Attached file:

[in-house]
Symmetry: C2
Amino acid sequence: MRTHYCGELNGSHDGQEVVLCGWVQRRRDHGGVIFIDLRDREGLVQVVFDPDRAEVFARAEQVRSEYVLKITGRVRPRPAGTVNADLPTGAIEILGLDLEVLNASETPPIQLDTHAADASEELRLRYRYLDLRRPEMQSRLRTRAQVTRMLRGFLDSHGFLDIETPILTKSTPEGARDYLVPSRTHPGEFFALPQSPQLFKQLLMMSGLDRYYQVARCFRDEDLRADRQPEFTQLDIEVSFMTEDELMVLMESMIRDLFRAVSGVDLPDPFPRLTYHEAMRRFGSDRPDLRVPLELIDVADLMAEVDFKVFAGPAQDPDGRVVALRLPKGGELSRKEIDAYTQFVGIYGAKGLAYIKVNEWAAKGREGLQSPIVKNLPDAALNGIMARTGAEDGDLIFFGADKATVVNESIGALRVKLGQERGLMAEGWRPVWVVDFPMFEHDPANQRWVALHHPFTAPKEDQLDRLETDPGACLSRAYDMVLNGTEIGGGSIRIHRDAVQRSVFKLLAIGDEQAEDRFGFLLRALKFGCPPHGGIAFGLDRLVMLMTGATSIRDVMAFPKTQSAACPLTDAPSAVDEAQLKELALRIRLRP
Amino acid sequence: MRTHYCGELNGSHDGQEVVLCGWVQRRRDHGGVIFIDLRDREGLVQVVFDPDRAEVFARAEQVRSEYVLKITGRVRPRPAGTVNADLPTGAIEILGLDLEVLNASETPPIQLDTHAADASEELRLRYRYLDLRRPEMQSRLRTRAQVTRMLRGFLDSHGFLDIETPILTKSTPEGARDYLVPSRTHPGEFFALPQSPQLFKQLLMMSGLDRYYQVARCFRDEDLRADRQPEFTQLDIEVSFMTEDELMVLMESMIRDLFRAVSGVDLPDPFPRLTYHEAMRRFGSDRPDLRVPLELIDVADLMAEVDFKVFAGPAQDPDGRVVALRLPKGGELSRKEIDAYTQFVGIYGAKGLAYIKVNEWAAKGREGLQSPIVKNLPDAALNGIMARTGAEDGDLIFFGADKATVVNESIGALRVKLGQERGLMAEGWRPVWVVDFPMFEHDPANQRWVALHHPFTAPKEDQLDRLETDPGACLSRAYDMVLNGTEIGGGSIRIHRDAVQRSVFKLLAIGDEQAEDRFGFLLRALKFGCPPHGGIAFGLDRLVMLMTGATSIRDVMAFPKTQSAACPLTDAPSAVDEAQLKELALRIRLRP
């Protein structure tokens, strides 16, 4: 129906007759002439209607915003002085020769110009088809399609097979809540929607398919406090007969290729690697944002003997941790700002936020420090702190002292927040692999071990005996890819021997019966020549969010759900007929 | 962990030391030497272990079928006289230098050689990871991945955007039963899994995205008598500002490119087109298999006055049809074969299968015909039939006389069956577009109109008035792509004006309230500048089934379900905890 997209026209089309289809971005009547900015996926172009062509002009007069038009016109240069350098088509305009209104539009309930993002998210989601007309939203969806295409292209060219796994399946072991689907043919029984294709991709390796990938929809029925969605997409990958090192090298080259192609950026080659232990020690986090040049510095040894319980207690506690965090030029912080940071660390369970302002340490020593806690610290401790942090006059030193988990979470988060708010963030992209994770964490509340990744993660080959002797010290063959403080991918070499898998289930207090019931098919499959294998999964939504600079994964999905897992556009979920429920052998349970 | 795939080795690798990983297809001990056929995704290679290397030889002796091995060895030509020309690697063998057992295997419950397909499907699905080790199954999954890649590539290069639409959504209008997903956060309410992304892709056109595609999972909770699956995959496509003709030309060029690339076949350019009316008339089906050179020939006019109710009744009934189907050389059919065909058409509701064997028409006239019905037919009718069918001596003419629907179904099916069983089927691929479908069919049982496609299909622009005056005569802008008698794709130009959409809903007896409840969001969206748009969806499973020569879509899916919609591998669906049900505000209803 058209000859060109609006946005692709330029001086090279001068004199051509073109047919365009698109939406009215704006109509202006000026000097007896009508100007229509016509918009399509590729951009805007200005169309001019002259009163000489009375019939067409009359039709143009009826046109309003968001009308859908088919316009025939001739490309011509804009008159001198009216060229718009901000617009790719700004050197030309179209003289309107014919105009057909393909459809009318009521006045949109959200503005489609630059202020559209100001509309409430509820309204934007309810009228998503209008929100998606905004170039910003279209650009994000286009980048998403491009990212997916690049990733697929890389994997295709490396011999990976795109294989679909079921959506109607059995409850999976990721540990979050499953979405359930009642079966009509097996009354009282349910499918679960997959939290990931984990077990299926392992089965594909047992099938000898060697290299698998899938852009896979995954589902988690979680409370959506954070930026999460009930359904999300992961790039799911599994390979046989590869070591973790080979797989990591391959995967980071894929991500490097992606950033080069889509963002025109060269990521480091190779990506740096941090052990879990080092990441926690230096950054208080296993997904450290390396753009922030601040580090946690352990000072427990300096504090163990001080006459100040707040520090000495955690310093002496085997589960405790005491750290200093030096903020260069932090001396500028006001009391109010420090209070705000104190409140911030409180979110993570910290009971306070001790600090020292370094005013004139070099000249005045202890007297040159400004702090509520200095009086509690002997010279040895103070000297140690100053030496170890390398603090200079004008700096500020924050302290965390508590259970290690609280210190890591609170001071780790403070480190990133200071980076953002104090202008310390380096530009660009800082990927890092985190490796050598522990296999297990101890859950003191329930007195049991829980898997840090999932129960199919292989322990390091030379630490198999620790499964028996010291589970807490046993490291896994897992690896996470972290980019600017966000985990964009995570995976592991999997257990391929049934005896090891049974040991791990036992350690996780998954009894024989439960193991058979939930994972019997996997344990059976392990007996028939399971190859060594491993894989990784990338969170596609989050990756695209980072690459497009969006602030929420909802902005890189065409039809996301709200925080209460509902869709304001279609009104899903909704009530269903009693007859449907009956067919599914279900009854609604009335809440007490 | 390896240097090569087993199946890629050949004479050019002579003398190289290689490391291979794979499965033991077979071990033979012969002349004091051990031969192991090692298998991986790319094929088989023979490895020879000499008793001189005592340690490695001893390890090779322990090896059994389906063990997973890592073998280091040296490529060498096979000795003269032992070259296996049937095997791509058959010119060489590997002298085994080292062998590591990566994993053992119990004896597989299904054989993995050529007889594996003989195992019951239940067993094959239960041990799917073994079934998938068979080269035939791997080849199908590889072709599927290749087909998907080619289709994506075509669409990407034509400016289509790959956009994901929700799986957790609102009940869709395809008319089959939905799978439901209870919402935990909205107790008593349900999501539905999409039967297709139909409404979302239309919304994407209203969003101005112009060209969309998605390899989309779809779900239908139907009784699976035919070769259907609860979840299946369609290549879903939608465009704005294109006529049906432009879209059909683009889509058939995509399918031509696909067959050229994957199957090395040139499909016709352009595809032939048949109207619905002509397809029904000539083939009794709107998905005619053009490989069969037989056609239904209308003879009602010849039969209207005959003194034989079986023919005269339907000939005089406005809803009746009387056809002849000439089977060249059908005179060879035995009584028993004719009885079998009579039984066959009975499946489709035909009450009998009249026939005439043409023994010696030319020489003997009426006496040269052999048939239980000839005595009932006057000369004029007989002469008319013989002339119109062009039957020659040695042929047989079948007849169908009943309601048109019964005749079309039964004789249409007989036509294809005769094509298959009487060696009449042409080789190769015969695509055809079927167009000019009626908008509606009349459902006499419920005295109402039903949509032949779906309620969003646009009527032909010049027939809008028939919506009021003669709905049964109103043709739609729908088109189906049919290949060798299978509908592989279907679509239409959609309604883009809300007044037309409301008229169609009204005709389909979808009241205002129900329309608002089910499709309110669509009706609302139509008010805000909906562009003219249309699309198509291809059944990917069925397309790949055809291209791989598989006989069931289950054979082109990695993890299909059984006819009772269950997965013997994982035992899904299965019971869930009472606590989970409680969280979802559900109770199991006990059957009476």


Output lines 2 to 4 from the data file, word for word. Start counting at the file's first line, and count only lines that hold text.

Symmetry: C2
Amino acid sequence: MRTHYCGELNGSHDGQEVVLCGWVQRRRDHGGVIFIDLRDREGLVQVVFDPDRAEVFARAEQVRSEYVLKITGRVRPRPAGTVNADLPTGAIEILGLDLEVLNASETPPIQLDTHAADASEELRLRYRYLDLRRPEMQSRLRTRAQVTRMLRGFLDSHGFLDIETPILTKSTPEGARDYLVPSRTHPGEFFALPQSPQLFKQLLMMSGLDRYYQVARCFRDEDLRADRQPEFTQLDIEVSFMTEDELMVLMESMIRDLFRAVSGVDLPDPFPRLTYHEAMRRFGSDRPDLRVPLELIDVADLMAEVDFKVFAGPAQDPDGRVVALRLPKGGELSRKEIDAYTQFVGIYGAKGLAYIKVNEWAAKGREGLQSPIVKNLPDAALNGIMARTGAEDGDLIFFGADKATVVNESIGALRVKLGQERGLMAEGWRPVWVVDFPMFEHDPANQRWVALHHPFTAPKEDQLDRLETDPGACLSRAYDMVLNGTEIGGGSIRIHRDAVQRSVFKLLAIGDEQAEDRFGFLLRALKFGCPPHGGIAFGLDRLVMLMTGATSIRDVMAFPKTQSAACPLTDAPSAVDEAQLKELALRIRLRP
Amino acid sequence: MRTHYCGELNGSHDGQEVVLCGWVQRRRDHGGVIFIDLRDREGLVQVVFDPDRAEVFARAEQVRSEYVLKITGRVRPRPAGTVNADLPTGAIEILGLDLEVLNASETPPIQLDTHAADASEELRLRYRYLDLRRPEMQSRLRTRAQVTRMLRGFLDSHGFLDIETPILTKSTPEGARDYLVPSRTHPGEFFALPQSPQLFKQLLMMSGLDRYYQVARCFRDEDLRADRQPEFTQLDIEVSFMTEDELMVLMESMIRDLFRAVSGVDLPDPFPRLTYHEAMRRFGSDRPDLRVPLELIDVADLMAEVDFKVFAGPAQDPDGRVVALRLPKGGELSRKEIDAYTQFVGIYGAKGLAYIKVNEWAAKGREGLQSPIVKNLPDAALNGIMARTGAEDGDLIFFGADKATVVNESIGALRVKLGQERGLMAEGWRPVWVVDFPMFEHDPANQRWVALHHPFTAPKEDQLDRLETDPGACLSRAYDMVLNGTEIGGGSIRIHRDAVQRSVFKLLAIGDEQAEDRFGFLLRALKFGCPPHGGIAFGLDRLVMLMTGATSIRDVMAFPKTQSAACPLTDAPSAVDEAQLKELALRIRLRP